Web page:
Texting is simply more immediate than sending an email. But business texting has its own set of strategy. Here they are:
1. Only text if you have an established relationship with your client.
2. Text only during normal business hours for them. Just because you’re in Maui and working at 5pm (not that you’ be working at that hour in Maui), do not text to your client in New York or London. They probably don’t love you that much that it’s okay for you wake them.
3. Ask them to opt-in to your texts.
4. If you can’t be brief – no longer than a tweet – don’t text. Most common length of a tweet is 33 characters even though 280 allowed. Think about it.
5. Use text to provide links or to let them know you sent an email or uploaded a proposal.
6. Don’t use text as a marketing tool. Blast them and blow your chances with them.
7. Photos are great to attach but no files.
8. Only ask questions that they can answer with one word or just a few. If what you’re asking requires thoughtfulness, send an email instead.
9. Let your customer initiate the text relationship. Provide your mobile # and suggest they text with questions. (Downside: If they text, you have to respond quickly.)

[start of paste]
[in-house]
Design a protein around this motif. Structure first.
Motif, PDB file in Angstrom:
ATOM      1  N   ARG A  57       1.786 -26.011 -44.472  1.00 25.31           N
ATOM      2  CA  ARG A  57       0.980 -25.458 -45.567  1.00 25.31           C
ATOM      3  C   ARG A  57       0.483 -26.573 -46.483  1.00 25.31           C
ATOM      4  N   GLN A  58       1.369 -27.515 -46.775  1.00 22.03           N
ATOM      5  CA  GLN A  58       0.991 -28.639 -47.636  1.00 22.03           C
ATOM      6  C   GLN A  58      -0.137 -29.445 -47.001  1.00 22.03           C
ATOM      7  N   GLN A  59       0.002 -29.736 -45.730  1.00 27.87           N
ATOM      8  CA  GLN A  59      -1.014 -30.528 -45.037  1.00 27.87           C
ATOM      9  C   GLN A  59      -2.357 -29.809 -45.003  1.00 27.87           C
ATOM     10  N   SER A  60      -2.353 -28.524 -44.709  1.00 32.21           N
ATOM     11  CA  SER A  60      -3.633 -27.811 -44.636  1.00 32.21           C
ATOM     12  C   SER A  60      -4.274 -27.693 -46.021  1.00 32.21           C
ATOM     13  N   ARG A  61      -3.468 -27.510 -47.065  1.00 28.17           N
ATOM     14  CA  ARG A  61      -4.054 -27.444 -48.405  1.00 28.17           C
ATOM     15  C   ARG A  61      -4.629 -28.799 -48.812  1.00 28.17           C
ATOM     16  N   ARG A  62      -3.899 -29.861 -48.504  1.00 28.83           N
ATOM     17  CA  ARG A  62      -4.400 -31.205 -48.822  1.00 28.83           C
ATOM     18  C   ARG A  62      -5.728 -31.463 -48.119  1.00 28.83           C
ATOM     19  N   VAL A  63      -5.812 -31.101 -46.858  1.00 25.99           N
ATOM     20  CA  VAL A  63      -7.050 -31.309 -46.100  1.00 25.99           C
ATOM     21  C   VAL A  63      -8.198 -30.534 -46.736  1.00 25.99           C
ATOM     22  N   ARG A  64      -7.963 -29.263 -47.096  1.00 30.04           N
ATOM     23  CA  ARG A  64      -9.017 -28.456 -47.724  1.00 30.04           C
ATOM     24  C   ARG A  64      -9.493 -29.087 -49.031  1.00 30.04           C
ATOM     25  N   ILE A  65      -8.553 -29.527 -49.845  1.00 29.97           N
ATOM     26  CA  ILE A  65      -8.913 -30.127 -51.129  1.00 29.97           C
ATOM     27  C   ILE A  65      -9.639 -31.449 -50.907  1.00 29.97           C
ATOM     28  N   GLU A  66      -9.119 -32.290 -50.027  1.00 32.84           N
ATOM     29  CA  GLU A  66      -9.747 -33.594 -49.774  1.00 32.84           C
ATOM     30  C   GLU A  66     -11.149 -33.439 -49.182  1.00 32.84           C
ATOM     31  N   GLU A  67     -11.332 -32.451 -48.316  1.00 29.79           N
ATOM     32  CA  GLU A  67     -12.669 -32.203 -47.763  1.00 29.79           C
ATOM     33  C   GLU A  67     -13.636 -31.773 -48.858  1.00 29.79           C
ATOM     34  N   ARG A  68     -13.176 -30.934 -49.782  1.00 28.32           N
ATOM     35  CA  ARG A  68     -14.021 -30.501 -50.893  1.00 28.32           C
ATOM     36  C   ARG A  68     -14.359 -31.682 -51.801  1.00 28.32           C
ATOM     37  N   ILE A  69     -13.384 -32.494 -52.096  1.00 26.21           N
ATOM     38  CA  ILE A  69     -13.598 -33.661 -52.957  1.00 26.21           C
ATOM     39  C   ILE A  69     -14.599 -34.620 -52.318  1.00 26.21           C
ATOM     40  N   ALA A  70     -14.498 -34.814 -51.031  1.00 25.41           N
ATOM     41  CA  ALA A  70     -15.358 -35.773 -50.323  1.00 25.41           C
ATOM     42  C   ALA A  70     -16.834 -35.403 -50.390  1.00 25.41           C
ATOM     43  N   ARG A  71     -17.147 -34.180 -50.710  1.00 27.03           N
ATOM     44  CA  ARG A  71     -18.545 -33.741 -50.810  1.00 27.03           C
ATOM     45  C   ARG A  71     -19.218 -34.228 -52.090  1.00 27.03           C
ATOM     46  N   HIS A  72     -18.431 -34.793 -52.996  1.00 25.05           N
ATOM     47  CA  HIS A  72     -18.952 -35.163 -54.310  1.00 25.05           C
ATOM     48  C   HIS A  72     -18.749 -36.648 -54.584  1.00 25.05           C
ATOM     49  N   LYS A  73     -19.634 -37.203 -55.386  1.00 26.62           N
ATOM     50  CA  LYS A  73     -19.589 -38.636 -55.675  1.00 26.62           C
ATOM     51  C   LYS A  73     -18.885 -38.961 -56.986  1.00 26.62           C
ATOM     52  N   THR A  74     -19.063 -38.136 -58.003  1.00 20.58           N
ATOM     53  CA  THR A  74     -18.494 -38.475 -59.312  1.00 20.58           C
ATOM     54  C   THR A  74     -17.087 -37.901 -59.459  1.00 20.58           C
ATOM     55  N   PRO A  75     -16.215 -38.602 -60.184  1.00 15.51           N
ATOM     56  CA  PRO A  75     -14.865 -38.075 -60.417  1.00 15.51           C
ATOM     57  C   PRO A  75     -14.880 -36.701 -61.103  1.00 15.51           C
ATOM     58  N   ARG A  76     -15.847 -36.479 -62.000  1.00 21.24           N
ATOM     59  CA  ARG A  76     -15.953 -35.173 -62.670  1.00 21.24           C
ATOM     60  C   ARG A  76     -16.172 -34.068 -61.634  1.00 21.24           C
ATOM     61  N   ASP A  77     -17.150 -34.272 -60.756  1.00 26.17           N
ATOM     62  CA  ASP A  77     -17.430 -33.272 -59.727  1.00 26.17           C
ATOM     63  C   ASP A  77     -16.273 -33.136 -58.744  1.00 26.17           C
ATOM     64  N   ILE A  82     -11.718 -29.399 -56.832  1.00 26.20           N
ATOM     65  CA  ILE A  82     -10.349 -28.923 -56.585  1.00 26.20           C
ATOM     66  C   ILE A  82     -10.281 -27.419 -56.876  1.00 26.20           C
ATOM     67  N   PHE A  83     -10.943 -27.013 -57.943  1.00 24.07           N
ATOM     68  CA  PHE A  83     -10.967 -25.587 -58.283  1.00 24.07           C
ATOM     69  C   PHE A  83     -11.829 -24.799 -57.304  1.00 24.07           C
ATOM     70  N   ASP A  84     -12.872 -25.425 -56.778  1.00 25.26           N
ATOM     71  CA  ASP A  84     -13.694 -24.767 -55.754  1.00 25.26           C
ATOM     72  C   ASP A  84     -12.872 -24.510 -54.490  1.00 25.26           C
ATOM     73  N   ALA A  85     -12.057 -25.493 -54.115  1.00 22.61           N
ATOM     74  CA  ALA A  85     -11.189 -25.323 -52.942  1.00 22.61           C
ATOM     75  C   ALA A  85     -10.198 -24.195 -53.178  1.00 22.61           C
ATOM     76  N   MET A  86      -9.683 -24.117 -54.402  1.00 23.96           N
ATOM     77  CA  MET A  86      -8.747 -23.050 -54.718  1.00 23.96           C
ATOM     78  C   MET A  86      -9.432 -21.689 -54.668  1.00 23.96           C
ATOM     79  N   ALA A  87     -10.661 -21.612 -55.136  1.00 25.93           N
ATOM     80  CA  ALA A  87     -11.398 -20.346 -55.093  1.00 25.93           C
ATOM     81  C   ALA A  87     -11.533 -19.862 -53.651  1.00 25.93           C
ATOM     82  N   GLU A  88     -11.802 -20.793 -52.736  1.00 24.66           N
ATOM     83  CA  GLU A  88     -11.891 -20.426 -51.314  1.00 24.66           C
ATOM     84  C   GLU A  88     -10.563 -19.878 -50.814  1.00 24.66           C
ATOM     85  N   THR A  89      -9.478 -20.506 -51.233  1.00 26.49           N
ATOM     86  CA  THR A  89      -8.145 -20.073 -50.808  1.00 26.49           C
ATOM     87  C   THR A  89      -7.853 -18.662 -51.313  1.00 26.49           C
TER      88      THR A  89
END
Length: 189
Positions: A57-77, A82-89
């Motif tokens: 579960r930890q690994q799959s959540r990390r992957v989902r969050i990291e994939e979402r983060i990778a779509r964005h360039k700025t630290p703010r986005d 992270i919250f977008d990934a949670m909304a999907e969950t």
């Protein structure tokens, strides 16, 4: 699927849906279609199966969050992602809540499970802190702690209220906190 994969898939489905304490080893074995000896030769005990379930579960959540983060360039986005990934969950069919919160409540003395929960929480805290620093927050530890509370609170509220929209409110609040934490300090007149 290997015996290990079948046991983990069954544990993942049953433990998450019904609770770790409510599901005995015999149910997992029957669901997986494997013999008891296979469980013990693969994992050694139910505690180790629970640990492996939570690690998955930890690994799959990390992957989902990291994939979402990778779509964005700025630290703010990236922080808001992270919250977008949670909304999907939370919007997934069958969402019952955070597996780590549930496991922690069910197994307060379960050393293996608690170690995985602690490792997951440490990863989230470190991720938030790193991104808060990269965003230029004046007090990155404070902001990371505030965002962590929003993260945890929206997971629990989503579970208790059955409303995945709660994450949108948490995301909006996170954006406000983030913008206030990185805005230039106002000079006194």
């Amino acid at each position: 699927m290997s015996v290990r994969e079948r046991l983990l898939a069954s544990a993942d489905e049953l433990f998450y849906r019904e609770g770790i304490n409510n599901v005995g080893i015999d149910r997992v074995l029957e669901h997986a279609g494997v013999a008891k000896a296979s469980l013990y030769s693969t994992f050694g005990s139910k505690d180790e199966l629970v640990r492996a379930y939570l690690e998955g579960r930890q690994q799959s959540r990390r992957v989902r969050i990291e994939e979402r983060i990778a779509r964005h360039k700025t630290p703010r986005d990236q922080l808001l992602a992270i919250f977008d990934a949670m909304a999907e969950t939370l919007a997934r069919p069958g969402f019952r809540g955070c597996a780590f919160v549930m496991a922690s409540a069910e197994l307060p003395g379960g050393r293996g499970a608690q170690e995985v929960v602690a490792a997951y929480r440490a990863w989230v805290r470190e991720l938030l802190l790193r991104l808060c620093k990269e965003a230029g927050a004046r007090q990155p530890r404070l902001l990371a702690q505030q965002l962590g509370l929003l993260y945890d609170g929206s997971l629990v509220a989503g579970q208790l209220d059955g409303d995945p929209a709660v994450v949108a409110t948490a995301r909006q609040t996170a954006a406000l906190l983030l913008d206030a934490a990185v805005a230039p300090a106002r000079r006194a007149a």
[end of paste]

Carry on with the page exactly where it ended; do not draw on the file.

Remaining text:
10. Keep it conversational and friendly but…
11. Check spelling and punctuation. It’s still a business message. Check voice to message texts too. Really.
12. Start with the action you’re looking for so they don’t have to read your entire text, and you can still get best results.
13. Though using all caps in email for positive words gains attention, when texting, it’s infuriating.
14. Don’t use texting when you should be picking up the phone or emailing.
15. You got bad news? Pick up the phone. (Too chicken or don’t feel confident about your phone skills? Email.) Don’t text.
16. Use full sentences. Half-Sentences are only half understood and almost always your meaning will be misinterpreted.
17. Identify yourself! Just because you know your phone number doesn’t mean your recipient does.
18. Polite touches like please and thanks make a huge difference in perceived tone.
Text appropriately and have a strategy.
One person can welcome me to your hotel but I shouldn’t also receive that same welcome (or even differently worded) from your concierge, GM and DOSM.
And why am I getting a welcome anyway? What’s the strategy? Is it to sell your restaurant promotion or to make my stay more fun?
Texting isn’t the same as emailing but some things are the same. Show care. Be smart. Revolve around your customer.
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